Accounting is an important and vital part of every business nowadays but have you ever thought how we’ve managed to get here? Although accounting has been around for a long time it’s changed dramatically over the years with the introduction of computers. Let’s start from the beginning of accounting way back in 1494.
A Brief History of Accounting
The first ever recorded form of accounting was back in 1494 when an Italian mathematician, Luca Pacioli released his book titled Summa de arithmetica, geometria. Proportioni et proportionalita.
Luca Pacioli is often referred to as “The father of accounting and bookkeeping” as he was the first person to publish work on the double entry system of bookkeeping. His book contained prints on algebra as well as how merchants could use his system to record their financial data. By using the journals and ledgers he described in his book merchants could check that their debts equalled their credits (which is very important!).
Originally printed and released in Italy the book soon spread and was published all throughout Europe, quickly becoming a best seller. The system introduced by Luca all those years ago is still used today! Although there have been a few changes over the generations the foundations of the double entry system are still visible today.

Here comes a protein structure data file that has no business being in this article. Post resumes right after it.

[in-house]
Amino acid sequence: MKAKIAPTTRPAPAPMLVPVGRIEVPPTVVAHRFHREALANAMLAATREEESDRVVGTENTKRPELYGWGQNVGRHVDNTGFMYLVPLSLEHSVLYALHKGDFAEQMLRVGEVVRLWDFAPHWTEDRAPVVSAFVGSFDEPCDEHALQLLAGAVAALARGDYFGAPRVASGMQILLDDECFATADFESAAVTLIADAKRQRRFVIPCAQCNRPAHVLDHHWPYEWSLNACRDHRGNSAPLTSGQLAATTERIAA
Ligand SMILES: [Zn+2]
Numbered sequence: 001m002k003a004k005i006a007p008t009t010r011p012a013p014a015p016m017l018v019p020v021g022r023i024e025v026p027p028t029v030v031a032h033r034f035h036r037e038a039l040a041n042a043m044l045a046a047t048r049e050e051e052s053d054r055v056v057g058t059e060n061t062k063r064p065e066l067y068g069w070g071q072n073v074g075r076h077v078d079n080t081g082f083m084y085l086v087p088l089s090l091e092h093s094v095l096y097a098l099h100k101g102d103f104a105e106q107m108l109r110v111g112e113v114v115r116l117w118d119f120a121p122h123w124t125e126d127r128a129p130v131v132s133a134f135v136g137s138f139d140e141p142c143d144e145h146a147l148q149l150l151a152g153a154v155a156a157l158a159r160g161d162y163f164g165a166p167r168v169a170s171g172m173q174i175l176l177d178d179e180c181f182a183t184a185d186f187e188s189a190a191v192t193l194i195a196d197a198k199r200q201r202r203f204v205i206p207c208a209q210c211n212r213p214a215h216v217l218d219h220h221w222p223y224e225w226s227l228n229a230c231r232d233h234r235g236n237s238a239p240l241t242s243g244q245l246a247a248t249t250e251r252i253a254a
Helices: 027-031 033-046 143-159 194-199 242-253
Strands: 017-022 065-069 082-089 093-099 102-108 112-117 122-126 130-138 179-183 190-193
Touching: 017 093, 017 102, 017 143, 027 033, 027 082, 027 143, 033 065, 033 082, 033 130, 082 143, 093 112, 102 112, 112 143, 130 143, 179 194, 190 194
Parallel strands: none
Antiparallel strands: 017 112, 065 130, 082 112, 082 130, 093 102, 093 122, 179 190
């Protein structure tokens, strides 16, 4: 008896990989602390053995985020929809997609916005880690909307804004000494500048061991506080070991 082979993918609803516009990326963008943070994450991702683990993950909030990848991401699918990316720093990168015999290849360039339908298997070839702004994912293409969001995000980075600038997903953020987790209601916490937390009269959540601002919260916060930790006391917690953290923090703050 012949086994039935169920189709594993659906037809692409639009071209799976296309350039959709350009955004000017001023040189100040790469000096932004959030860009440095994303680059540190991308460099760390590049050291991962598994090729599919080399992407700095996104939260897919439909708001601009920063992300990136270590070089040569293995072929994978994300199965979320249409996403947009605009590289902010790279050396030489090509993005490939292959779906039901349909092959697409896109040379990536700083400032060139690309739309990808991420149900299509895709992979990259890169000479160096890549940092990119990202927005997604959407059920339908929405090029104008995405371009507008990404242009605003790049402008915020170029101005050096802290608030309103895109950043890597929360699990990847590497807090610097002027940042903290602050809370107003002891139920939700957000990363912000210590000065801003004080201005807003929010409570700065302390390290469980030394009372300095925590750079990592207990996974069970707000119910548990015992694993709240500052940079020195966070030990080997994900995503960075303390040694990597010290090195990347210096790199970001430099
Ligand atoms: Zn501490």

Another important part of accounting is the structure of a company and how that company is formed. Today you can run a business as a sole trader or register your business as a limited company. These types of companies might sound obvious today but a few hundred years ago there was no such thing.
Back in 1844 there was an Act of Parliament that allowed companies owned by one or more individuals to be incorporated. This act known as The British Joint Stock Companies Act was introduced to help increase the honesty and integrity of businesses.
Before this act was introduced many businesses operated with thousands of members of management and with little regulation. If a customer had a complaint or grievance then they were required to take legal action against every member. With some companies having thousands of members this was basically impossible to do. The new act made it safer for consumers when buying from businesses knowing somebody could be held responsible if they were not happy.
Shortly after this act was introduced, another act in 1855 was introduced to help protect the individual owners and directors of a business. The 1855 Limited Liability act limited all liabilities of a business to just within the business. Before this if a business went bankrupt the owner would still be responsible for paying out but the new act changed this.
By the time the 1900’s had begun accounting was in full swing and all legal businesses were producing accounts. There was a small problem however. Since there was no accounting standards in place, many companies looked more successful than they actually were. Thanks to “creative accounting” many accountants were able to fiddle the numbers (which was perfectly legal at the time). Many companies would look very profitable and attract a lot of investment, only to go bankrupt a few months later. Something had to be done to make sure everyone was following certain rules and guidelines.